The other evening, as the winter light faded and the darkness gathered round, twenty wild horses ran by, into the night. The energy was palpable, even through the double glazed window.
It was beautiful. Magical. I wanted to run with them, to enjoy that sense of freedom and belonging. To live in that fleeting moment.
In the morning I went out to look for the last of the winter wreaths. They’d all gone, but there was a faint rainbow in the sky and the smell of fabric conditioner in the air.
People were ringing in the new year – decorations and lights all gone, washing on, leaves and needles being swept.
Our wreath is still on the door, our lights are still up in the house. I want to make the most of them and the warmth and cheer that they bring.
I am more for celebrating the winter and finding ways to add light and enjoy the season. This Christmas we managed to avoid the greed and gluttony, and it was fabulous. I feel like we’ve been released into a beautiful world of genuine enjoyment and honest appreciation, of the season, and everything that goes with it. I call it the Midwinter Movement. I am not a hippy, or a Pagan.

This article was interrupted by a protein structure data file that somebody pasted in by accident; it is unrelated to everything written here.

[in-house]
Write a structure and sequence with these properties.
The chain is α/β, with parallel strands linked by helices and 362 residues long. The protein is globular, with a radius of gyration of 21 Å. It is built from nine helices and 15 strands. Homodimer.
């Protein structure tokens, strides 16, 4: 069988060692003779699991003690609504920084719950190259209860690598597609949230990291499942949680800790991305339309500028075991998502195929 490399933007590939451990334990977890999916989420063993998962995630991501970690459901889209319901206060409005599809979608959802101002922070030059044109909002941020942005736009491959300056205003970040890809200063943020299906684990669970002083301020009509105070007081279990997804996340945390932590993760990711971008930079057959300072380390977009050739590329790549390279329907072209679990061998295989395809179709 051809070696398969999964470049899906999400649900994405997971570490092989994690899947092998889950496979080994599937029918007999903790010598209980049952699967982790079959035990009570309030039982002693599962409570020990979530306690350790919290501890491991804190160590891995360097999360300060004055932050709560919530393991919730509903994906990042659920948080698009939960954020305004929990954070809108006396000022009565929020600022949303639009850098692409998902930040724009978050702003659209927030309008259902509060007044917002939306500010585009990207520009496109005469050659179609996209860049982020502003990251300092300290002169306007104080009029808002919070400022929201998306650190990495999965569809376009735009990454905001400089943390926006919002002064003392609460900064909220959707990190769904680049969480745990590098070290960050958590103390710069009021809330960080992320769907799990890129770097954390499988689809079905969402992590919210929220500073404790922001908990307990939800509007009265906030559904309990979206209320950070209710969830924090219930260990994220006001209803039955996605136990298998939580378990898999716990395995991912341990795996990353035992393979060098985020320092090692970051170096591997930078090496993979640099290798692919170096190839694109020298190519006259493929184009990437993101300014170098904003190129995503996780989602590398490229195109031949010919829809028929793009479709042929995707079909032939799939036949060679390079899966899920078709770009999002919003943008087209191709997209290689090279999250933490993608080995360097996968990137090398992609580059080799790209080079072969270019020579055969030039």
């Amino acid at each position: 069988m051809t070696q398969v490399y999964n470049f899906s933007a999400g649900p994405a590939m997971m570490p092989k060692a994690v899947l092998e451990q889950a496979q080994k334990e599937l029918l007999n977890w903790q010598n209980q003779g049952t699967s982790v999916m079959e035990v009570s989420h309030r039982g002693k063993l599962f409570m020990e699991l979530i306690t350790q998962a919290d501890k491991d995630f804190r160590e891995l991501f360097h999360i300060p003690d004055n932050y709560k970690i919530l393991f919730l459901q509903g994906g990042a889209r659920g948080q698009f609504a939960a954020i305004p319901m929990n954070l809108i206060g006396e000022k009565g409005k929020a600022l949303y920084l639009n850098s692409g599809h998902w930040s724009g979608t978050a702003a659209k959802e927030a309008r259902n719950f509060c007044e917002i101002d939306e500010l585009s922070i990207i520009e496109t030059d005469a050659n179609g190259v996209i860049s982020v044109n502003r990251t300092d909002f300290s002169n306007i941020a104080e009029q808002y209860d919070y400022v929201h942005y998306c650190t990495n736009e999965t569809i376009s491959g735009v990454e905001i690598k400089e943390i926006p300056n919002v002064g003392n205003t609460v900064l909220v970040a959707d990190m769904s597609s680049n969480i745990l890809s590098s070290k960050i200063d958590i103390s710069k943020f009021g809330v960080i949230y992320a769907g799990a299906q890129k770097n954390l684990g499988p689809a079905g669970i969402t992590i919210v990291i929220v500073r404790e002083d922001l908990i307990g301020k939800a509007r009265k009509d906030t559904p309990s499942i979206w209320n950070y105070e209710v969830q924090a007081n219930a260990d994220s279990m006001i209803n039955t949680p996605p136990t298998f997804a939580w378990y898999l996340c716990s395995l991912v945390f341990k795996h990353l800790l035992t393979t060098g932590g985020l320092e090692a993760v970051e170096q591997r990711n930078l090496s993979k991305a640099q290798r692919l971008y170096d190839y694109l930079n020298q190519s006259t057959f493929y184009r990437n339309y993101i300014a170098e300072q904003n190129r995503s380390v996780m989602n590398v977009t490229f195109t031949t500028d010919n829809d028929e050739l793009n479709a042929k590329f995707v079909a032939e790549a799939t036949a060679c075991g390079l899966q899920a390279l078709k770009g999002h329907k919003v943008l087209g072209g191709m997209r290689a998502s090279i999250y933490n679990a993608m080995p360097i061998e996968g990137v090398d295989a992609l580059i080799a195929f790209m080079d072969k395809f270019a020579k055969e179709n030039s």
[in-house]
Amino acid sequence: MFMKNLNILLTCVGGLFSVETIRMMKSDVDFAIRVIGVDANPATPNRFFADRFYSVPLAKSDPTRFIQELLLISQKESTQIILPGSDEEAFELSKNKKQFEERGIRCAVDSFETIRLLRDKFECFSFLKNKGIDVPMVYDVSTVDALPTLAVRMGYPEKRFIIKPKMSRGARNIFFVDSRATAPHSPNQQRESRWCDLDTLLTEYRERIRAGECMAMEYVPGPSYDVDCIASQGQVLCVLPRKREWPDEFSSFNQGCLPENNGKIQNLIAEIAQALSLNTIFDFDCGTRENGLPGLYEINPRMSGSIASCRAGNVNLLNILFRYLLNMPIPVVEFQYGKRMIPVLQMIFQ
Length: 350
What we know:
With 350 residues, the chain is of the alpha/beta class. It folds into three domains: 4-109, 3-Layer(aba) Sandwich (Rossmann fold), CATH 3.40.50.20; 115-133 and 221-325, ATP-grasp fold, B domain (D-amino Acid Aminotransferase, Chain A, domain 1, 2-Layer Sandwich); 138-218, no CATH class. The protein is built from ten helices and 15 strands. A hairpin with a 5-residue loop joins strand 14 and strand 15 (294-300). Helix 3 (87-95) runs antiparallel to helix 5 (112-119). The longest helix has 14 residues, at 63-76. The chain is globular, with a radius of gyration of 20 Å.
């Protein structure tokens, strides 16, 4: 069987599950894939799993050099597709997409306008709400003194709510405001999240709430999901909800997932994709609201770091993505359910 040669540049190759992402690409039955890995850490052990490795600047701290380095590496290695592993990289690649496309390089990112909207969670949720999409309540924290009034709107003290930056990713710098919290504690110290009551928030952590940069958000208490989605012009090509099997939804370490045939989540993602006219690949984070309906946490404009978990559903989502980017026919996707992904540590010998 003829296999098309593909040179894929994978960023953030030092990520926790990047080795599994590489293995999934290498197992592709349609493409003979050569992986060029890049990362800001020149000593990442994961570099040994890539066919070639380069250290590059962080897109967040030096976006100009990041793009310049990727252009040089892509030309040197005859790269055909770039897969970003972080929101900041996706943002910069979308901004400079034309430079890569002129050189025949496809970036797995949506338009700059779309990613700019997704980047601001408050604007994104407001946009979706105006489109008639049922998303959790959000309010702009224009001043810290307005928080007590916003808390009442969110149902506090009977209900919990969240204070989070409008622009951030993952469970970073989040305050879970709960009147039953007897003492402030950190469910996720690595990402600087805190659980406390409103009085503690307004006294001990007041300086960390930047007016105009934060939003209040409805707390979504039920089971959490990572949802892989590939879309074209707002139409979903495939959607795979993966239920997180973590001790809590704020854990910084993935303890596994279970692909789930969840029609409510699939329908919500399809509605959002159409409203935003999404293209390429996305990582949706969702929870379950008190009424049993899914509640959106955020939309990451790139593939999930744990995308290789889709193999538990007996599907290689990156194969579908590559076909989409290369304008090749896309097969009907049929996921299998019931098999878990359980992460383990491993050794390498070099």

The chickens started laying again on New Years Day, and with barely any warning we are back to business. My diary is filling up at a rate of knots and every phone call, email or meeting has been bringing something new and exciting.
Our Shutter Hub talks programme resumes this month, and although I’m not really looking forward to driving up and down the motorways and eating service station sandwiches, I am looking forward to meeting lots of new photographers and finding ways to help them develop their careers.
Later this month I’ll be delivering portfolio reviews for BSAA and Metro Imaging alongside photographer Dan Rubin and Wall Street Journal Photo Editor Dan Gaba. There are still tickets available here, if you know anyone who’d like to come along.
Then on January 20th I’m going to be on stage at the London Art Fair as part of a panel discussion on ‘Encouraging diversity in photography’ in association with PhotoVoice. That’s pretty exciting, and slightly daunting, because we all know there’s no telling what I will do – be it dropping curtseys, imitating small animals, pulling trucker horn-blowing impressions, or a bit of everything.
Oh, the suspense!
My wandering, as it often does, led me to the graveyard, where primroses were already beginning to bloom and a cheeky squirrel had abandoned his walnut hardhat and moss toupee on the top of a grave.